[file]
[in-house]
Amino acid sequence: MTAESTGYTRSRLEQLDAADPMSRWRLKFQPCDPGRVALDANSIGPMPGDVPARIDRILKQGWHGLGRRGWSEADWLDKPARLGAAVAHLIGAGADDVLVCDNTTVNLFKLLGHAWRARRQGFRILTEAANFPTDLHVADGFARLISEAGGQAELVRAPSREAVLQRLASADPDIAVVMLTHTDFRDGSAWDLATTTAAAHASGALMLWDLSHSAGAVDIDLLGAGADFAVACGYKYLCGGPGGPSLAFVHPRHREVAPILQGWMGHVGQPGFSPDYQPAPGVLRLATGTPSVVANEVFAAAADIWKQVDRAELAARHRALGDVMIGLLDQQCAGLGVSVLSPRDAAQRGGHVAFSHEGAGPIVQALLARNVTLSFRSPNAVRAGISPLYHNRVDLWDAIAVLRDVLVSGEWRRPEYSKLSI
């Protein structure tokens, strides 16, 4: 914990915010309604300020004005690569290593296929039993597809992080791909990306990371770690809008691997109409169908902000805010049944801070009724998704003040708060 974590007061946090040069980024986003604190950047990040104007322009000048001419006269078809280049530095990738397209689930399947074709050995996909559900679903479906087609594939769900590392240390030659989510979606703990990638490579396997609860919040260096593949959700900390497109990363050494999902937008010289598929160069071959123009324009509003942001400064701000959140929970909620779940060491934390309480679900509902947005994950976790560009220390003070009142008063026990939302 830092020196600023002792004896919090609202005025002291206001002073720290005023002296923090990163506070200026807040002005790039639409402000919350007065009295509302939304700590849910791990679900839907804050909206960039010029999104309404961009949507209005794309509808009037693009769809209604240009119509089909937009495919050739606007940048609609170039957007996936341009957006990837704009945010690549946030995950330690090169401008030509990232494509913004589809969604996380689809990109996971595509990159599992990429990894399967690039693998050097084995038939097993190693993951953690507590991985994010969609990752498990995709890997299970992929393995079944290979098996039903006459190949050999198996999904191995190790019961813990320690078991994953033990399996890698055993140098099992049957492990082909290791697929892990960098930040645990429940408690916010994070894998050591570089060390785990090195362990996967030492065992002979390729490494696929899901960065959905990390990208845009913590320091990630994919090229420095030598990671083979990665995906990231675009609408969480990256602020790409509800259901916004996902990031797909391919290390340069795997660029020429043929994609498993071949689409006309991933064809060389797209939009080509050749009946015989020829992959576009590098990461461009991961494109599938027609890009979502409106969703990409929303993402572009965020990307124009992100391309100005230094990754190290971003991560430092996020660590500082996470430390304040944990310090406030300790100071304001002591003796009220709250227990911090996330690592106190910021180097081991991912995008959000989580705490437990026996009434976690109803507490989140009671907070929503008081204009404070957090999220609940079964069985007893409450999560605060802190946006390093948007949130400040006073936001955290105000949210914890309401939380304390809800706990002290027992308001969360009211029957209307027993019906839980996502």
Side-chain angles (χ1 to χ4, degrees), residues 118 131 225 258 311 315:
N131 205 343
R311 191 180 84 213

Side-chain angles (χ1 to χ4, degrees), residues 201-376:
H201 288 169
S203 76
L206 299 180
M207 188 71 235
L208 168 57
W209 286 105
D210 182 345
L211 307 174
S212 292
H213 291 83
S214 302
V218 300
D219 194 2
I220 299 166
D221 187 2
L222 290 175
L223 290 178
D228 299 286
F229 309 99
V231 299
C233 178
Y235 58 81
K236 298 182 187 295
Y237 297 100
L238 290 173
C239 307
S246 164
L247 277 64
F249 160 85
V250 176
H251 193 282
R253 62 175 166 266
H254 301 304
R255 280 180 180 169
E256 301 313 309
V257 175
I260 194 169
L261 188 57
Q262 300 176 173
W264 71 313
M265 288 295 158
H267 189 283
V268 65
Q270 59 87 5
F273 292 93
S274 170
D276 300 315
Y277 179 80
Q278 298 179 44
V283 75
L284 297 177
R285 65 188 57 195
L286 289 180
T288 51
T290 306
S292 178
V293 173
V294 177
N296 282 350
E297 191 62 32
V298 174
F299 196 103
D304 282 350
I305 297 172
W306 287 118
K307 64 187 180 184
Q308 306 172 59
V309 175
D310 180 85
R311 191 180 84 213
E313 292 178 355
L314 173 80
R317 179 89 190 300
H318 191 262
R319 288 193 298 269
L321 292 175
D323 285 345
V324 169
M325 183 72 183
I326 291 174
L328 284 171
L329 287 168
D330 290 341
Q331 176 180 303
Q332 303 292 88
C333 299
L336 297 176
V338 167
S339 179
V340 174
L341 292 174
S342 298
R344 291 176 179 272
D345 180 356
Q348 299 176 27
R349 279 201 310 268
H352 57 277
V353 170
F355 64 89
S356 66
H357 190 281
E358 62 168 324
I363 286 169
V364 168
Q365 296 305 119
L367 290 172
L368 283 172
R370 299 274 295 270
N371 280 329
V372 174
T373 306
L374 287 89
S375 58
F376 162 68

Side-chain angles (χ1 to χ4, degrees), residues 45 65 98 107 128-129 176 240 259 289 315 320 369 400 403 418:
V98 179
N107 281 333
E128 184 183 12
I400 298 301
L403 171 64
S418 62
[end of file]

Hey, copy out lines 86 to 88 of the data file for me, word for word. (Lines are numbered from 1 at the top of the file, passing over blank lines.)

M325 183 72 183
I326 291 174
L328 284 171